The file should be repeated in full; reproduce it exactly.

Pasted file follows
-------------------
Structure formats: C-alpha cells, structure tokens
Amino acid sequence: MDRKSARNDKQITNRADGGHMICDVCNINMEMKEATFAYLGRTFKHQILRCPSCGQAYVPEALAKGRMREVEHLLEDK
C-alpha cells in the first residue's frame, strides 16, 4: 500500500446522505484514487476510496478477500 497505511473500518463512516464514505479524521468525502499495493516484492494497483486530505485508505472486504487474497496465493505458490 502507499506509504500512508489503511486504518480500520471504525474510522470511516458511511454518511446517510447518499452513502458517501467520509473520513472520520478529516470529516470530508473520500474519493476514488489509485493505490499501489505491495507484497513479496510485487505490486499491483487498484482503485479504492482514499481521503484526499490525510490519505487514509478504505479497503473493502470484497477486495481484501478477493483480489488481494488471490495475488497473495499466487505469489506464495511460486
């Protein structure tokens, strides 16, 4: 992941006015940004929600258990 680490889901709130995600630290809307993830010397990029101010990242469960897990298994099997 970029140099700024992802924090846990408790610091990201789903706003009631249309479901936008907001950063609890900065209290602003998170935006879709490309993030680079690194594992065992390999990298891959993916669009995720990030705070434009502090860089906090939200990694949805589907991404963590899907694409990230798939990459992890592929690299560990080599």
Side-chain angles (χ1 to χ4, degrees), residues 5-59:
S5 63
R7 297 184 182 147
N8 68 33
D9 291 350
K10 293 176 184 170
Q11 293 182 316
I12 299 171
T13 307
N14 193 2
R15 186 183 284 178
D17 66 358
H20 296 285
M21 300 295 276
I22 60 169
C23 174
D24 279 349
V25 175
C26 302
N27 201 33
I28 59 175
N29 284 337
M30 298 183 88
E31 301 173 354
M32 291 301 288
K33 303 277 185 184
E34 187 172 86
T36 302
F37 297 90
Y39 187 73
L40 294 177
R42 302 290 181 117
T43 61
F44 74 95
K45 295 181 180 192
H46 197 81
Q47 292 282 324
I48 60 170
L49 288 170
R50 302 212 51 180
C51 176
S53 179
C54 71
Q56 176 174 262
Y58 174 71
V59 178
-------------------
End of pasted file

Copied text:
Structure formats: C-alpha cells, structure tokens
Amino acid sequence: MDRKSARNDKQITNRADGGHMICDVCNINMEMKEATFAYLGRTFKHQILRCPSCGQAYVPEALAKGRMREVEHLLEDK
C-alpha cells in the first residue's frame, strides 16, 4: 500500500446522505484514487476510496478477500 497505511473500518463512516464514505479524521468525502499495493516484492494497483486530505485508505472486504487474497496465493505458490 502507499506509504500512508489503511486504518480500520471504525474510522470511516458511511454518511446517510447518499452513502458517501467520509473520513472520520478529516470529516470530508473520500474519493476514488489509485493505490499501489505491495507484497513479496510485487505490486499491483487498484482503485479504492482514499481521503484526499490525510490519505487514509478504505479497503473493502470484497477486495481484501478477493483480489488481494488471490495475488497473495499466487505469489506464495511460486
């Protein structure tokens, strides 16, 4: 992941006015940004929600258990 680490889901709130995600630290809307993830010397990029101010990242469960897990298994099997 970029140099700024992802924090846990408790610091990201789903706003009631249309479901936008907001950063609890900065209290602003998170935006879709490309993030680079690194594992065992390999990298891959993916669009995720990030705070434009502090860089906090939200990694949805589907991404963590899907694409990230798939990459992890592929690299560990080599």
Side-chain angles (χ1 to χ4, degrees), residues 5-59:
S5 63
R7 297 184 182 147
N8 68 33
D9 291 350
K10 293 176 184 170
Q11 293 182 316
I12 299 171
T13 307
N14 193 2
R15 186 183 284 178
D17 66 358
H20 296 285
M21 300 295 276
I22 60 169
C23 174
D24 279 349
V25 175
C26 302
N27 201 33
I28 59 175
N29 284 337
M30 298 183 88
E31 301 173 354
M32 291 301 288
K33 303 277 185 184
E34 187 172 86
T36 302
F37 297 90
Y39 187 73
L40 294 177
R42 302 290 181 117
T43 61
F44 74 95
K45 295 181 180 192
H46 197 81
Q47 292 282 324
I48 60 170
L49 288 170
R50 302 212 51 180
C51 176
S53 179
C54 71
Q56 176 174 262
Y58 174 71
V59 178